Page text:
4ZZZ launched its glorious tradition of counting down listeners' 100 favourite songs on New Year's Day 1977. More than 10 years later, 2JJJ in Sydney (which employed many ex-Zed staff) began conducting its own Hot 100. Because 4ZZZ held the rights to the name Hot 100, there was a little bit of legal biffo when TripleJ became a national broadcaster, so they changed the name of their survey to the "Hottest 100".
Bill to take away corruption watchdog powers in Indonesia - plus more 9am zedlines
Funding boost for Qld community legal services
The Palaszczuk Government has announced a short term funding boost for several Queensland community legal services, equaling nearly 3 million dollars.
The funding targets shortfalls in services for families, domestic and family violence, child protection, as well as disadvantaged and marginalised groups.
The funding was provided by the Commonwealth Government under the National Partnership Agreement on Legal Assistance Services, and is available until mid-2017.
Rockhampton MP in SMS gaffe
The latest politician embarrassed by a text message gaffe is Capricornia Liberal MP Michelle Landry.
Ms Landry’s electorate officer inadvertently sent members of the public an SMS meant for LNP members giving a list of suggested messages they could write to the Rockhampton Morning Bulletin newspaper.
All of the proposed messages criticised Labor Keppel MP Brittany Lauga and Labor candidate for Capricornia Leisa Neaton. One example is “Leisa - can you confirm that your campaign hasn't received any money from Union 'Slush Funds'."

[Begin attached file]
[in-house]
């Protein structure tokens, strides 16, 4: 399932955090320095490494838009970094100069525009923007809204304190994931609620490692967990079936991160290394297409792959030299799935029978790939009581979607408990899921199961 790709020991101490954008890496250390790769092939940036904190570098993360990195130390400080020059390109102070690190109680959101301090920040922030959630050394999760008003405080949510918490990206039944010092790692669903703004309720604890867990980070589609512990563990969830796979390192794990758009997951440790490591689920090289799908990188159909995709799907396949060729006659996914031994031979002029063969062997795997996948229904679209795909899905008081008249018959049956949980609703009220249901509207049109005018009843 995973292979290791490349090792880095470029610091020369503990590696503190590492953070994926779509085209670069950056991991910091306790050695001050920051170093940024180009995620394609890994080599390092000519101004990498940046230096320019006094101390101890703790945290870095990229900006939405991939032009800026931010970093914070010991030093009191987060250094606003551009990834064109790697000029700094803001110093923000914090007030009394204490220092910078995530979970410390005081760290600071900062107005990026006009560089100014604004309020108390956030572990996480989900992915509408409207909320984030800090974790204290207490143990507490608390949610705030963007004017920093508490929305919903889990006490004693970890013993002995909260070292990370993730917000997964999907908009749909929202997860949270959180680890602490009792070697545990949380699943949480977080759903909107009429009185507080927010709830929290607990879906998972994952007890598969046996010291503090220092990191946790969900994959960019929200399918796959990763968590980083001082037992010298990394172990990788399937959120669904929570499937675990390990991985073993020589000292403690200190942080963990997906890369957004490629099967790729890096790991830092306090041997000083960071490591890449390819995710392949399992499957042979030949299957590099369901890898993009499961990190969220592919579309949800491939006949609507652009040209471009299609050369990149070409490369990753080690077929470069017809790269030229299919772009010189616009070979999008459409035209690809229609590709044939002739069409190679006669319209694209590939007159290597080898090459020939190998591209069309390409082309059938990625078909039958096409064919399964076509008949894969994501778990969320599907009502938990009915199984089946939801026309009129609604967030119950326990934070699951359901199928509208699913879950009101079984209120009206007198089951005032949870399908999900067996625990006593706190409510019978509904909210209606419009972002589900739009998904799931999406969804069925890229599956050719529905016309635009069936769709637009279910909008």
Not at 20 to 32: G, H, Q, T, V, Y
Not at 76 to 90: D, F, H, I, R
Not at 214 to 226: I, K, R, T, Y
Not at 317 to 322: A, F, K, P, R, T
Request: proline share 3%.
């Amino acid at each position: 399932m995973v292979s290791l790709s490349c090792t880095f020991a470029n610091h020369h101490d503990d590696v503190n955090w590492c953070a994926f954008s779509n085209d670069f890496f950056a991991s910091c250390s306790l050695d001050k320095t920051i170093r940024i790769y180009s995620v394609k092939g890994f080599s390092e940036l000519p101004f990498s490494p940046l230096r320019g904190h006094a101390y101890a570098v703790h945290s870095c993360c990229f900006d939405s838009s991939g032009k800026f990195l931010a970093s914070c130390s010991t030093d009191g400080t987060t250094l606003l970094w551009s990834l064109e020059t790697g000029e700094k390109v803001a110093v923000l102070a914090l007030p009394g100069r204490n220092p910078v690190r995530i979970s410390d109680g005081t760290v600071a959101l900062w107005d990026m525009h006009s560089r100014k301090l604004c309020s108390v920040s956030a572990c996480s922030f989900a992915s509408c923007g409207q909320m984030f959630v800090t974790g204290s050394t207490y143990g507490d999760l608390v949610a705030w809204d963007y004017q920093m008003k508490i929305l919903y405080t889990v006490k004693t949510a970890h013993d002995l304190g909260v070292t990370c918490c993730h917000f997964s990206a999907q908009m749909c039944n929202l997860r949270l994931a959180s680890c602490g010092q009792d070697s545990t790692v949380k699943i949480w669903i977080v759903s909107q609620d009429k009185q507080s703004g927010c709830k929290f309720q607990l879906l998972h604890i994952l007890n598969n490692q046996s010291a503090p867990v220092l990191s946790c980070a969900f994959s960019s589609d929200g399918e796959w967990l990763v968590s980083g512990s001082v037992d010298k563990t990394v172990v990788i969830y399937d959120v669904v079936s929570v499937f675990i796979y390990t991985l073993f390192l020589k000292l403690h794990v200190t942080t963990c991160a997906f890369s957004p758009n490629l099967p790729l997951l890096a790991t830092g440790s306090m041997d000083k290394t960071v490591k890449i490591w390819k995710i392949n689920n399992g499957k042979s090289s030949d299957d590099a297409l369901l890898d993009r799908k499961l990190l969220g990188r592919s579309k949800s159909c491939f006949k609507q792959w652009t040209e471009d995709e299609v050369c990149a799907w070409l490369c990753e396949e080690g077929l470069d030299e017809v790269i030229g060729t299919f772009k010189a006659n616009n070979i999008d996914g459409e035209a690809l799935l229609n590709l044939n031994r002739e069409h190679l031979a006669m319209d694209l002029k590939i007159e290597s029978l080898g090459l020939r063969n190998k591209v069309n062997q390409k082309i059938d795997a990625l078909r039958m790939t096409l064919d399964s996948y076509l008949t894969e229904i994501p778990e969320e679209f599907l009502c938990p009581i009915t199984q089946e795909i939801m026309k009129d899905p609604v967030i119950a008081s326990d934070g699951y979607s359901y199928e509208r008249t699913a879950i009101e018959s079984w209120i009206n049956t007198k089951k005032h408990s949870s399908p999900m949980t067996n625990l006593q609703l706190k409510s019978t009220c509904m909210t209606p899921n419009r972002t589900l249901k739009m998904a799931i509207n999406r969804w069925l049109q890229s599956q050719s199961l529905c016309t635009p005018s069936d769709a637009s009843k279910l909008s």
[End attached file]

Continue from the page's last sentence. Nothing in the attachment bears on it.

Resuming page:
Federal government promises media reform
Federal Communications Minister Mitch Fifield has flagged media reform as imminent on the Turnbull Government’s 2016 agenda.
Mr Fifield says Australia’s current suite of media laws are outdated, with regional operators expected to have some of their concerns addressed.
Without going into specifics, the Minister told the ABC any changes to the ‘reach rule’ limiting broadcasters to reaching 75% of the population would have safeguards for local producers.
Investigation into Western Sydney cemetery
One of Australia’s largest and most culturally diverse cemeteries is under investigation over its governance and pricing.
Rookwood Cemetery in Sydney’s west charges different prices for graves based on faith, and allegedly spends more on marketing than providing services, which led members of the Jewish and Muslim communities to call for an independent inquiry.
The first part of the inquiry is expected to be finalised by the end of March.
211 arrested after anti-immigration riot in Leipzig:
211 people have been arrested for rioting and property destruction in the wake of an anti-immigration protest turned riot organised by Leriga, an off-shoot of far right party Pegida.
Leriga’s stance is that Germany’s refugee policy was to blame for the mass sexual assaults in Cologne recently, and protested accordingly.
The Leriga protesters had constructed barricades, smashed windows, set off fireworks, and set a building on fire.
Police put the arrestees on a bus, which was then attacked by anti-fascist protesters opposing the Leriga group.
Proposed restriction of watchdog powers in Indonesia
In Indonesia, public pressure is mounting on President Joko Widodo to oppose a proposed restriction of the corruption watchdog powers.
The Indonesian House of Representatives is pushing through a law that would take away the right of the Corruption Eradication Commission (KPK) to use surveillance or to prosecute those accused of corruption.
The KPK has been a controversial issue in Indonesian politics in the last year. An investigation into the national Police chief led to KPK officials being criminalised in what many called political reprisals. There was also public criticism of the government’s selection of candidates for the KPK board last month.